The renewable energy sector is rapidly evolving. With new technology constantly being developed, a widening range of participants becoming involved in the sector and increased government and media attention, developments in the renewable energy sector have the potential to change the way that we look at our electricity systems and provide plenty of exciting new opportunities for lawyers.

UK focus

As we head towards the end of 2017, we draw closer to the 2020 deadline under the Renewable Energy Directive for the UK to increase the proportion of renewables in its energy consumption to 20 per cent. In 2016, 8.9 per cent of total energy consumption in the UK came from renewable energy sources and renewable electricity represented 24.6 per cent of total generation (energy is also obtained from sources outside of the UK), with wind accounting for 45 per cent of renewable generation, followed by bioenergy at 36 per cent and solar at 12.5 per cent (Source: Digest of UK Energy Statistics 2017).

In many countries, a form of subsidy is provided to incentivise investment into clean energy projects. In the UK, support is given to encourage less developed renewable energy technologies through the Contracts for Difference (CfD) regime. A contract is entered into between the electricity generator and a government-owned entity, under which the generator is paid a top-up between the market price for electricity and an agreed, long-term fixed ‘strike’ price for the electricity it produces. A CfD reduces risk for generators as it provides a guaranteed price for the electricity generated by the project, and therefore makes CfD projects more attractive investments.

Eleven new projects were awarded CfDs in September 2017 in the second CfD auction in the UK. These projects included three offshore wind farms and eight bioenergy plants, which will, once built, together produce electricity to power over 3.5 million homes.

New participants

It is not, however, just governments and “traditional” renewable energy generators that are getting involved in renewable energy projects. A wide range of companies from other sectors are increasingly viewing renewable energy as part of their future:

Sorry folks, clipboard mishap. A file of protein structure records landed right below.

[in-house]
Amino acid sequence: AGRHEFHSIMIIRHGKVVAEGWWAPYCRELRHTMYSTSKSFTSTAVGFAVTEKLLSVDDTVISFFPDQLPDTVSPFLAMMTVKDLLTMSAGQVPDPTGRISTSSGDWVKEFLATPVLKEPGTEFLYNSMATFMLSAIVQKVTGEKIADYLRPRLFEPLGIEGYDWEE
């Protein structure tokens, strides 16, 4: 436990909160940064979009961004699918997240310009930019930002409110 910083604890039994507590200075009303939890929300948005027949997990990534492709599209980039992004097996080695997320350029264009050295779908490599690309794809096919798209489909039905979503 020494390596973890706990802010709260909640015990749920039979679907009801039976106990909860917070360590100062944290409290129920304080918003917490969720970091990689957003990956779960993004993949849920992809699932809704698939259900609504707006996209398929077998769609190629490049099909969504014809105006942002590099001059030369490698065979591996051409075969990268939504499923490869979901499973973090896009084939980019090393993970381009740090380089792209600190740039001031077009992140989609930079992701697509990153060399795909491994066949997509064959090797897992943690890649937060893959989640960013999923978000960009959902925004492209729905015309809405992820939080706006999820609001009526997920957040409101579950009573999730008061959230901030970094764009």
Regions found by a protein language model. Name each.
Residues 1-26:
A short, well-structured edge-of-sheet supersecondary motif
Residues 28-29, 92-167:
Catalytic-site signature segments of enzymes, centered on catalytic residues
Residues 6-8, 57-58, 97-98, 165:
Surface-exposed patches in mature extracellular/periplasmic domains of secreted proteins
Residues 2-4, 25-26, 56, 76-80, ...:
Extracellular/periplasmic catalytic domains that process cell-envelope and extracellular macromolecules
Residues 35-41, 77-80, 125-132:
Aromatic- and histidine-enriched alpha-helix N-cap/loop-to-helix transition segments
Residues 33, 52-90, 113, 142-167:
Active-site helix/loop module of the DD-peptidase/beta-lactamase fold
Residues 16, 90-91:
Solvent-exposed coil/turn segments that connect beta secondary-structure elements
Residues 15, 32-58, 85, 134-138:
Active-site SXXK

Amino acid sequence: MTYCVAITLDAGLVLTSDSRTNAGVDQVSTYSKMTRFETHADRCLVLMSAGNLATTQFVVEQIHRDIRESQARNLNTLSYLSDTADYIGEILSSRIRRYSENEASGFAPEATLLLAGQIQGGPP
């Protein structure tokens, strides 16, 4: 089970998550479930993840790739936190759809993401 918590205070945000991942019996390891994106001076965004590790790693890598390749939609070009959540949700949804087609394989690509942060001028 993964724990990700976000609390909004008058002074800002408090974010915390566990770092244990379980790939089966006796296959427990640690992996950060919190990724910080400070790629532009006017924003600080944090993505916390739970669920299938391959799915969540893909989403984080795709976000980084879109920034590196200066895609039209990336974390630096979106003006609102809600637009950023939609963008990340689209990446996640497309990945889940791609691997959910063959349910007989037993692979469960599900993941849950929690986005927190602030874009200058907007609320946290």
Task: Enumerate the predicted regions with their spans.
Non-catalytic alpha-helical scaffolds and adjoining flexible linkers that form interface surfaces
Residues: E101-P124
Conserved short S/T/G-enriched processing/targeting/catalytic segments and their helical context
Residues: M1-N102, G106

• Other energy companies: For example, Shell, traditionally an oil company, is looking to use its expertise in offshore oil & gas projects to become a leader in offshore wind. It was part of a consortium which was awarded the right to build the $1.4bn Borselle offshore wind farm in the Netherlands in December 2016.
  • Corporate consumers: Companies which consume a lot of electricity are increasingly looking to partner with renewable energy projects to fulfil their energy needs. For example, McDonalds UK has entered into long-term power purchase agreements (PPAs) to purchase all of the electricity generated by three wind farms and a waste gasification plant in the UK, which contracts helped to secure funding to enable the projects to get built.
  • Tech companies: There are increasing opportunities to pair renewable energy ventures with new technology. For example, start-ups are emerging to develop the use of blockchain, the technology behind Bitcoin, as a way to track how much renewable energy is produced and where it goes to and to develop peer-to-peer energy trading solutions.

New technology

Rapidly developing technology is also helping to push the costs of renewable energy down and to change the ways in which renewable energy can be used.

The ability to efficiently store electricity will be key in the future, when our energy mix is more reliant on intermittent renewable generation, and solutions will need to be found to provide a consistent supply of electricity. Improvements in electricity storage have resulted in a number of projects where intermittent renewable generation (such as solar and wind farms) is paired with battery storage, which enables those projects to provide electricity when it is needed and not just when the weather permits.

Electricity storage is also inextricably linked with the rise of electric vehicles. Not only do electric vehicles require the ability to efficiently store electricity but, with more and more electric vehicles on the road, there is the potential for electric vehicle batteries to be used to take electricity at non-peak times and export electricity back to the grid when it is most needed.

Innovations such as this, and rooftop solar panels, will form part of the move towards decentralising electricity generation. More electricity is being produced and distributed locally through renewable energy projects which are viable on a small scale. Electricity generation is no longer the preserve of huge power stations and our electricity grid will need to adapt to meet these changes.

Reductions in costs of technology also mean that we are starting to see subsidy-free renewable energy projects. For example, Clayhill, the UK’s first subsidy-free solar farm (which uses battery storage) opened in September 2017, following a fall in the cost of solar panels by two-thirds since 2010, and Energie-Wuerttemberg and DONG won tenders in April 2017 to supply subsidy-free power from North Sea offshore wind farms.

As projects become commercially viable on their own, there continue to be plenty of opportunities for lawyers to advise both on more established technology and first-of-a-kind projects in the renewable energy sector.

Kate Laidlow is a corporate associate in the global energy group at Herbert Smith Freehills